Prerequisite: Admission to the Education Division, EDU 220 or consent of the instructor/advisor. May be a co-requisite with EDU 410. Please see EDU 410 course description for details.
EDU 379A - CORE: Principles of Education
Justice is part of our schools. Or, is it? This course in educational foundations will develop from diverse perspectives an understanding of the historical, sociological, and philosophical roots of education as they are impacted by justice and the question “how shall we live.” Current educational issues and developments will structure the course as we look at how education became an institution and why it must continue to grow and change.
Prerequisite: CORE 179 or appropriate transfer status; ENG 102 or ENG 111. Not open to students with credit in EDU 348A. This course fulfills the diversity, global, and multicultural requirement.
EDU 410 - Assessment & Technology in Teaching & Learning
This course is designed to prepare undergraduate teacher candidates in all licensure programs with the knowledge, skills, and dispositions to effectively integrate technology in teaching for student learning and in designing assessment for student learning. Candidates will understand and apply this knowledge during field experiences to fulfill Ohio mandates for value added student growth measures, new innovative teacher assessment measures (e.g. edTPA) and national legislative and judicial mandates (e.g. Higher Education Opportunity Act, 2008; IDEA, 2004; NCLB, 2001) aligned with the professional, local, state, and national standards including the common core standards.
Candidates will understand and apply the transformational concepts of universal design for learning (UDL) principles and develop technological, pedagogical content knowledge (TPACK) to teach the full spectrum of students in diverse classrooms in the 21st century.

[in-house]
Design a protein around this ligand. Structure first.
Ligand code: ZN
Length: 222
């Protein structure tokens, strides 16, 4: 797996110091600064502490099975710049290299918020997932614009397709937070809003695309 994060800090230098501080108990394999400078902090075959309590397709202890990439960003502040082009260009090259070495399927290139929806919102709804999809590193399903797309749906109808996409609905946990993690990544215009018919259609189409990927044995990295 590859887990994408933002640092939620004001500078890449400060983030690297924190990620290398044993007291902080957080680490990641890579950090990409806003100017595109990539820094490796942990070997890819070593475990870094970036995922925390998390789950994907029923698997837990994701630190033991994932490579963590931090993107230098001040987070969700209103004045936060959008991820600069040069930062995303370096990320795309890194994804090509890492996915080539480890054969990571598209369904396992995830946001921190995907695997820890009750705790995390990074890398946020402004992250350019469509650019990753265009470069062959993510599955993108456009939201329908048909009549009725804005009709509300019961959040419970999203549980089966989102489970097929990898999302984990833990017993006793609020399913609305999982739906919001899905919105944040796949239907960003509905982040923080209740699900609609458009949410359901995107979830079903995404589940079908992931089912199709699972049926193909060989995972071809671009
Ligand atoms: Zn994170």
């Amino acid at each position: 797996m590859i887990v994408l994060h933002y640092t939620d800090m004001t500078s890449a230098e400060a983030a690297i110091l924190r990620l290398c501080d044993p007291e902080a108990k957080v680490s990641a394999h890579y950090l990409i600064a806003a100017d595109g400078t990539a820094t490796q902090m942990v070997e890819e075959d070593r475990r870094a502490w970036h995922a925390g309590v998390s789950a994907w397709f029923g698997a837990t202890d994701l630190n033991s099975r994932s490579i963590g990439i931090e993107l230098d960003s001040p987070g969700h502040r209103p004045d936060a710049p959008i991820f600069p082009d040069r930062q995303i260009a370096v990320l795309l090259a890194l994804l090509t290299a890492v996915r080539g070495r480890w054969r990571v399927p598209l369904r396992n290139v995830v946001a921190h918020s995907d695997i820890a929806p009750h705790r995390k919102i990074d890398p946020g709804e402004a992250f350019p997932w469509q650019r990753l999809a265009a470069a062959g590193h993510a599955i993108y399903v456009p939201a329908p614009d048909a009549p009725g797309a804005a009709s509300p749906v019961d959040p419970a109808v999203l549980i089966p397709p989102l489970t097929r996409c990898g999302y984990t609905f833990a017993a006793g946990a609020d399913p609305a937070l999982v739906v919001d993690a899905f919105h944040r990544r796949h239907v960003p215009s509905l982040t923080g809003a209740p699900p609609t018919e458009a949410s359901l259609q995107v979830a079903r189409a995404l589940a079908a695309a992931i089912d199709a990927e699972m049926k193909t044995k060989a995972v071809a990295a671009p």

- Adolescent & Young Adult & Multi-Age Program - one methods course from: EDU 346, EDU 353, 354, 355, MTH 352, ART 337
- Middle Childhood Program - one methods course from: EDU 347, EDU 349a, EDU 349b, EDU 349c
- Intervention Specialists Program - one methods course from: EDU 330, EDU 331, EDU 350, EDU 351
- Early Childhood Program - two methods courses from: EDU 339, EDU 333a, EDU 333b, EDU 333c
EDU 487 - Supervised Teaching: Adolescence to Young Adult or Multi-Age
Full-time, full-semester supervised student teaching in the student's area of licensure. The student teacher assumes responsibility for the full teaching load of the cooperating teacher including planning, teaching, evaluating and managing/disciplining, and teacher duties.
Prerequisites: EDU 346 and Content Methods Course: EDU 353, EDU 354, EDU 355, MTH 352, or ART 337; and EDU 379A. Co-requisite: EDU 488 or equivalent.
EDU 488 - Teaching Seminar: Adolescent to Young Adult or Multi-Age
A discussion of various professional education topics and a sharing of teaching experiences that assist the student in the transition from student to professional teacher. The Program Completion Portfolio is prepared and presented during EDU 488.
Co-requisite: EDU 487.